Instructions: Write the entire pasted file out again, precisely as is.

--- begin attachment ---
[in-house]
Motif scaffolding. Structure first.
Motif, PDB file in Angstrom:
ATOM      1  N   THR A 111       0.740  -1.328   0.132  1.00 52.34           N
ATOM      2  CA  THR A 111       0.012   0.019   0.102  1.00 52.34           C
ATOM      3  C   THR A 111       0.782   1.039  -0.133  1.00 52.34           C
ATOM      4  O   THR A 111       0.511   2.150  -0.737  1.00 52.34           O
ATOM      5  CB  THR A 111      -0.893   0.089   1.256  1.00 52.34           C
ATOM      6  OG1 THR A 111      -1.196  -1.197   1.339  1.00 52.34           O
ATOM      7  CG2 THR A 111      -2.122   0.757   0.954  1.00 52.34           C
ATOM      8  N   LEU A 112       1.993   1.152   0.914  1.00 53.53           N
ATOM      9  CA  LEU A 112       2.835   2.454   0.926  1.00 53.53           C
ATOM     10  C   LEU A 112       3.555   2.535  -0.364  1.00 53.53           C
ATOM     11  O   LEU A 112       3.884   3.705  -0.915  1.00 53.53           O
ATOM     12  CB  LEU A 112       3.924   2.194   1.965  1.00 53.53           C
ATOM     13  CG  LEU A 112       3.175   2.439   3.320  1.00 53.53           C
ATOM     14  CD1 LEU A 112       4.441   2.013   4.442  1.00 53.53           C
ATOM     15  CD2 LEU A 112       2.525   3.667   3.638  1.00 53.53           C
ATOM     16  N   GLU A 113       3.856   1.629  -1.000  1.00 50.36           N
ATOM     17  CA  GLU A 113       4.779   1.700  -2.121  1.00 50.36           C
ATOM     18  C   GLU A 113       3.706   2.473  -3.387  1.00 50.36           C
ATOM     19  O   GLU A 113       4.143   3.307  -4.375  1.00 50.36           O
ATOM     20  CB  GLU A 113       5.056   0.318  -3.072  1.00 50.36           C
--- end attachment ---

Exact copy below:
[in-house]
Motif scaffolding. Structure first.
Motif, PDB file in Angstrom:
ATOM      1  N   THR A 111       0.740  -1.328   0.132  1.00 52.34           N
ATOM      2  CA  THR A 111       0.012   0.019   0.102  1.00 52.34           C
ATOM      3  C   THR A 111       0.782   1.039  -0.133  1.00 52.34           C
ATOM      4  O   THR A 111       0.511   2.150  -0.737  1.00 52.34           O
ATOM      5  CB  THR A 111      -0.893   0.089   1.256  1.00 52.34           C
ATOM      6  OG1 THR A 111      -1.196  -1.197   1.339  1.00 52.34           O
ATOM      7  CG2 THR A 111      -2.122   0.757   0.954  1.00 52.34           C
ATOM      8  N   LEU A 112       1.993   1.152   0.914  1.00 53.53           N
ATOM      9  CA  LEU A 112       2.835   2.454   0.926  1.00 53.53           C
ATOM     10  C   LEU A 112       3.555   2.535  -0.364  1.00 53.53           C
ATOM     11  O   LEU A 112       3.884   3.705  -0.915  1.00 53.53           O
ATOM     12  CB  LEU A 112       3.924   2.194   1.965  1.00 53.53           C
ATOM     13  CG  LEU A 112       3.175   2.439   3.320  1.00 53.53           C
ATOM     14  CD1 LEU A 112       4.441   2.013   4.442  1.00 53.53           C
ATOM     15  CD2 LEU A 112       2.525   3.667   3.638  1.00 53.53           C
ATOM     16  N   GLU A 113       3.856   1.629  -1.000  1.00 50.36           N
ATOM     17  CA  GLU A 113       4.779   1.700  -2.121  1.00 50.36           C
ATOM     18  C   GLU A 113       3.706   2.473  -3.387  1.00 50.36           C
ATOM     19  O   GLU A 113       4.143   3.307  -4.375  1.00 50.36           O
ATOM     20  CB  GLU A 113       5.056   0.318  -3.072  1.00 50.36           C